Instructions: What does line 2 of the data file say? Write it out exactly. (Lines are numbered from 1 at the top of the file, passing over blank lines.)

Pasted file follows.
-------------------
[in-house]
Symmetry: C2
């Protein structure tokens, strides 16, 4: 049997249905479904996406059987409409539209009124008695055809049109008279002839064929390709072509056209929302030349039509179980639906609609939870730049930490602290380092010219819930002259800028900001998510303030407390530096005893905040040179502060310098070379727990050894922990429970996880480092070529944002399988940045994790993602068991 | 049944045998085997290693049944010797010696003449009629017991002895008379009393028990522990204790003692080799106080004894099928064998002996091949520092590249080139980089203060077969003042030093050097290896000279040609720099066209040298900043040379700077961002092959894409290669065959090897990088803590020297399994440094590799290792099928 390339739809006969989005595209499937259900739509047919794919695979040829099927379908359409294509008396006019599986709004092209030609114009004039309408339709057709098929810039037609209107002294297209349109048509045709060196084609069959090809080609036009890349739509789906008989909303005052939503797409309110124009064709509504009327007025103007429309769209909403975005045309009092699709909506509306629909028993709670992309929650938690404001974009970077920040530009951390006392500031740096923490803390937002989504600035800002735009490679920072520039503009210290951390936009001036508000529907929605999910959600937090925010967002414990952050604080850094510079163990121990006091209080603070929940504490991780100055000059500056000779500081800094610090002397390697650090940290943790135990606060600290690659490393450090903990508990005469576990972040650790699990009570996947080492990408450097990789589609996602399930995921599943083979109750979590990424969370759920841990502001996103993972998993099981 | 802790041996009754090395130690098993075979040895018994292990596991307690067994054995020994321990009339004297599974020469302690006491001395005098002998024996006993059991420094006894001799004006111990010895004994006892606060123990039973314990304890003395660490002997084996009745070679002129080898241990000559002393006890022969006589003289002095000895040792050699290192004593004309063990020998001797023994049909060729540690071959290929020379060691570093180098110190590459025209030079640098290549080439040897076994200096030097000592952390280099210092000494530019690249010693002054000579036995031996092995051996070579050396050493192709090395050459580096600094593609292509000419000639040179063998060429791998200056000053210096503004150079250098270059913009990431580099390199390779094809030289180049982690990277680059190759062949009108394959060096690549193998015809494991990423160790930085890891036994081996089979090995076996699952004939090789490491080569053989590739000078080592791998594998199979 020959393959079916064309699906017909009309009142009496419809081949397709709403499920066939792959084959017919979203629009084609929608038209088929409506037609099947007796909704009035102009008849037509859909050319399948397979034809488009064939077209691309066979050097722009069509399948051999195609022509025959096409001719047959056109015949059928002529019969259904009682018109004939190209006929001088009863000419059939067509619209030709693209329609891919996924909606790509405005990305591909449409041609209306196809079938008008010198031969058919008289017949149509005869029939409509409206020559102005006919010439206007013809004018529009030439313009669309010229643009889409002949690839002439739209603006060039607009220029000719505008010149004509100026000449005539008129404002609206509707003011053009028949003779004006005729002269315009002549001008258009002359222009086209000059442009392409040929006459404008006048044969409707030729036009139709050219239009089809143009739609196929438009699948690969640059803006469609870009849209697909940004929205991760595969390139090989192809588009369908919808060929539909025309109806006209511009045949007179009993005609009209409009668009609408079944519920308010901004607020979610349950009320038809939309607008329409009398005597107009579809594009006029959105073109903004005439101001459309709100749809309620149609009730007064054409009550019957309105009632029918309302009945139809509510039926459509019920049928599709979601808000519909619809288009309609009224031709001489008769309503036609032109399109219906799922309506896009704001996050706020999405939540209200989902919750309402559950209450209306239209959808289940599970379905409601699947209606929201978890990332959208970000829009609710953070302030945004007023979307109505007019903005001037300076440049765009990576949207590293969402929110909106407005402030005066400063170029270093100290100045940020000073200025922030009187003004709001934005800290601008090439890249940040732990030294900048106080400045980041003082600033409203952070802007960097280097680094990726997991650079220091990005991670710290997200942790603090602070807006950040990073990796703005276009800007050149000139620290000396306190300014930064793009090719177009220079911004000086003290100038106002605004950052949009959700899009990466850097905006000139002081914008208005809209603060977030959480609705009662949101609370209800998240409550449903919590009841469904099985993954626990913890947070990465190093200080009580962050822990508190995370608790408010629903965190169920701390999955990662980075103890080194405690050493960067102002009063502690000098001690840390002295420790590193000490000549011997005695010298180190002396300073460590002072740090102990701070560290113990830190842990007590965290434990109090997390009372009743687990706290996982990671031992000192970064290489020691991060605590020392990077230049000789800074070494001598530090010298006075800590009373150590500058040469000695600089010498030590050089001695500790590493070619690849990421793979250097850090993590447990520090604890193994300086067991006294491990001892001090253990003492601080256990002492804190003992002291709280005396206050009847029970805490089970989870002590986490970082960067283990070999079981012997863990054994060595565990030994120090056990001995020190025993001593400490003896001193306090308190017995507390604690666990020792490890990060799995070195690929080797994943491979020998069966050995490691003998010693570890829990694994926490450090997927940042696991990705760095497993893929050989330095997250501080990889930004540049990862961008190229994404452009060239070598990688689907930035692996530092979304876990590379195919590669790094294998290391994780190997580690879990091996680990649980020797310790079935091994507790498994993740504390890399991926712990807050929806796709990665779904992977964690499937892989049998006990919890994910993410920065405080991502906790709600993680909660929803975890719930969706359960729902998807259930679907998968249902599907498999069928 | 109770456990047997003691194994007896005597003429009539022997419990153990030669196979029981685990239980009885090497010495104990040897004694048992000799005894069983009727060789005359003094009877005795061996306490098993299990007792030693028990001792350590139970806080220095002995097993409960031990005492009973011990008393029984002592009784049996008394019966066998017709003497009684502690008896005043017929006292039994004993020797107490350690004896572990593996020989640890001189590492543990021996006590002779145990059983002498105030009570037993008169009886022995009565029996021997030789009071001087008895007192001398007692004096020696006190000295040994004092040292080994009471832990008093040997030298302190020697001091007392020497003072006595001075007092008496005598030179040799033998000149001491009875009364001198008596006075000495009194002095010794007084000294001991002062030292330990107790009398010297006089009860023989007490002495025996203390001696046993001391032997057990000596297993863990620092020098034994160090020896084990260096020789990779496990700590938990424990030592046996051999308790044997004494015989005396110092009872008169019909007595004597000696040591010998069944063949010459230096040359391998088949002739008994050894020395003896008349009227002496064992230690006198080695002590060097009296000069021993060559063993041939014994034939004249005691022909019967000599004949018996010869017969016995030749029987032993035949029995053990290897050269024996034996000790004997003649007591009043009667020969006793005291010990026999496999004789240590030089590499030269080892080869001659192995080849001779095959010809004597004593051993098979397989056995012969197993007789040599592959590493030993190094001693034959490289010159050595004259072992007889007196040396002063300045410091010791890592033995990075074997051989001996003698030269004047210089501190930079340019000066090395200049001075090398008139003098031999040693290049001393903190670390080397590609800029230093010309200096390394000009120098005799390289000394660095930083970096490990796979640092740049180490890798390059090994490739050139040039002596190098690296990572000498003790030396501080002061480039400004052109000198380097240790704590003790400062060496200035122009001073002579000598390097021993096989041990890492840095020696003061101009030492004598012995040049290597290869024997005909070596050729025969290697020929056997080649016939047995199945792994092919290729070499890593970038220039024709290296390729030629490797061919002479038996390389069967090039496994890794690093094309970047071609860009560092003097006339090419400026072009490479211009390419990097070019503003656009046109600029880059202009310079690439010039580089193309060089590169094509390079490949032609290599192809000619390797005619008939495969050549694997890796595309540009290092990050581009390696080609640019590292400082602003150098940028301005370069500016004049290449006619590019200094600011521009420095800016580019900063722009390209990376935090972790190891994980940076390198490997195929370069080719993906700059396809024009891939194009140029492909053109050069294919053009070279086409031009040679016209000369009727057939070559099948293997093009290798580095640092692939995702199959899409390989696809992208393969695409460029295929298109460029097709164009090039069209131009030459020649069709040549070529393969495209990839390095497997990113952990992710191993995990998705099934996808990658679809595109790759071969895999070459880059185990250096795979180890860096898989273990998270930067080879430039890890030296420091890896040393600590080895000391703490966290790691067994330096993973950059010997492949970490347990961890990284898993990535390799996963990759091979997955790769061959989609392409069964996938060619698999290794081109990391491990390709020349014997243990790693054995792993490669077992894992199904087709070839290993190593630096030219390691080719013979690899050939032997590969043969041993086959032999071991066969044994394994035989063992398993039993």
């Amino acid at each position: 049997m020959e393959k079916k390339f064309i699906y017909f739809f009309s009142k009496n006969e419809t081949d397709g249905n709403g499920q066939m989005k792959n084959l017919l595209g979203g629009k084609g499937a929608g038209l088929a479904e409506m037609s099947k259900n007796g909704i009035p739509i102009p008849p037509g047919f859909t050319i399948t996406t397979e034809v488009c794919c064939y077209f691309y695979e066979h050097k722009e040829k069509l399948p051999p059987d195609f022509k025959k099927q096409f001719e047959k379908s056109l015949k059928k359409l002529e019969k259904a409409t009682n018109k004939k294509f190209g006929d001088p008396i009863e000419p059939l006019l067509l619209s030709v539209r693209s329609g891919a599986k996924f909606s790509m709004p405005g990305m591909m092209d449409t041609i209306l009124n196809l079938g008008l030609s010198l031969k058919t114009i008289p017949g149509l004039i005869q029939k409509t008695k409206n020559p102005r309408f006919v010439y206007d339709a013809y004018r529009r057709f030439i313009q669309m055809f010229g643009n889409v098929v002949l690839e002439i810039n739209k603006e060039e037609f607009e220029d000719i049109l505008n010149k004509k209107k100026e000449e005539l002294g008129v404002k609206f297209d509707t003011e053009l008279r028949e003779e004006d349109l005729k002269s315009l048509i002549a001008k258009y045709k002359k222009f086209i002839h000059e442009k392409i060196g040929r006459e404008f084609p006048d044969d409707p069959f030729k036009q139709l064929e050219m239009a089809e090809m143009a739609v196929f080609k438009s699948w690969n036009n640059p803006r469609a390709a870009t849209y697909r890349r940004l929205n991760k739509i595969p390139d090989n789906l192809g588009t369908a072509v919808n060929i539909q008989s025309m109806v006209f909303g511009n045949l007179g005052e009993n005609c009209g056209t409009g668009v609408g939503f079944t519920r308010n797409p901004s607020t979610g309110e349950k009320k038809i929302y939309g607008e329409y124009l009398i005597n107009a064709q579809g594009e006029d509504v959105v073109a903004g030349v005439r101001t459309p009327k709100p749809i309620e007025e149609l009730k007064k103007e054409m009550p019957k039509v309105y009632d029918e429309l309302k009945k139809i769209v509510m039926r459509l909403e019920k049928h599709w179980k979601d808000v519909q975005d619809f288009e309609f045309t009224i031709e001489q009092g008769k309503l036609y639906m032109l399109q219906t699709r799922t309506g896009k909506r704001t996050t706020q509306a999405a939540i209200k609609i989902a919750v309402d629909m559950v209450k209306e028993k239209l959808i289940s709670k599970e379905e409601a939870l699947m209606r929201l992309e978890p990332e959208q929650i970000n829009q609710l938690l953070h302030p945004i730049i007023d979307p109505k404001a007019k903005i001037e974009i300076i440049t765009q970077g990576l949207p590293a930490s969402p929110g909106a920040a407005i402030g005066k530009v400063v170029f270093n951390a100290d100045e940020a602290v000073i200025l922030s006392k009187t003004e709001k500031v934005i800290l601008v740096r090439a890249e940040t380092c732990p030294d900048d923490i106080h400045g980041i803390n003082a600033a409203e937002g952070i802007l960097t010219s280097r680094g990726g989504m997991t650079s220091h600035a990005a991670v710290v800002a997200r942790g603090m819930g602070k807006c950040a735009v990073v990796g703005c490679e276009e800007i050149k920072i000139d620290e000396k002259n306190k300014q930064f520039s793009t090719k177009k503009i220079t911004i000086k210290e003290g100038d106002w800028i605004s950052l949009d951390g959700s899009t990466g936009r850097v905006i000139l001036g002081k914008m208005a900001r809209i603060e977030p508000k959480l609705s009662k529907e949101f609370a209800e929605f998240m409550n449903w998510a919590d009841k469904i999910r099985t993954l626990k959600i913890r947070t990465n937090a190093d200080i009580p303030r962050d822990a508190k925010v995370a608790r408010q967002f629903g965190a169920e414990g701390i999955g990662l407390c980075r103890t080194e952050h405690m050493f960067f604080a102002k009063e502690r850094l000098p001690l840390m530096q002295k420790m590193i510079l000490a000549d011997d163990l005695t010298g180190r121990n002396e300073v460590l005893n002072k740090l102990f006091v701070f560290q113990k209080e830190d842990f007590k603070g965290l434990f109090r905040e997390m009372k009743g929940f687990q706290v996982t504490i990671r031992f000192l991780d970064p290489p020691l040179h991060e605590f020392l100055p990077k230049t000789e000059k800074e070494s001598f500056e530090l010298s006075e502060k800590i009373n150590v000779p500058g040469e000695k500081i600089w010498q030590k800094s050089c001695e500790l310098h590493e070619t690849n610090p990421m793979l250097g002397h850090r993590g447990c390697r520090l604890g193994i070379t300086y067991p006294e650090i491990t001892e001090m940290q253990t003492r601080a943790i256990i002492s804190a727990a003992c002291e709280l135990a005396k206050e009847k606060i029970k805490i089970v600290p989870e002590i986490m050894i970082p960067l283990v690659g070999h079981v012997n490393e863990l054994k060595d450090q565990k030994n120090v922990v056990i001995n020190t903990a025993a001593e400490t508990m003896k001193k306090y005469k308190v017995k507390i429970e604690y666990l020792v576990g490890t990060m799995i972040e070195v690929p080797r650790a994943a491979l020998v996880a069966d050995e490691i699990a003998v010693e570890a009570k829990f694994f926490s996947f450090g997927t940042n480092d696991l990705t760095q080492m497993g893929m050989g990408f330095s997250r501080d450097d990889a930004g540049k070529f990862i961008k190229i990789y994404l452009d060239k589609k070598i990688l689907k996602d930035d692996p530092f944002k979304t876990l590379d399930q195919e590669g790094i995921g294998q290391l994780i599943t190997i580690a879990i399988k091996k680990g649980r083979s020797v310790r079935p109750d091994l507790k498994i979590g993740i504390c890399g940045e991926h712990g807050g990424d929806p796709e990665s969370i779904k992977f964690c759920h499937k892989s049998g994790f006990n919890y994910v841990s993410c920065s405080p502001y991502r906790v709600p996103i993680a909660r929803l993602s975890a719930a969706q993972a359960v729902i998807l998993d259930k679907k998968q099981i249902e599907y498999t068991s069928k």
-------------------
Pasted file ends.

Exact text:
Symmetry: C2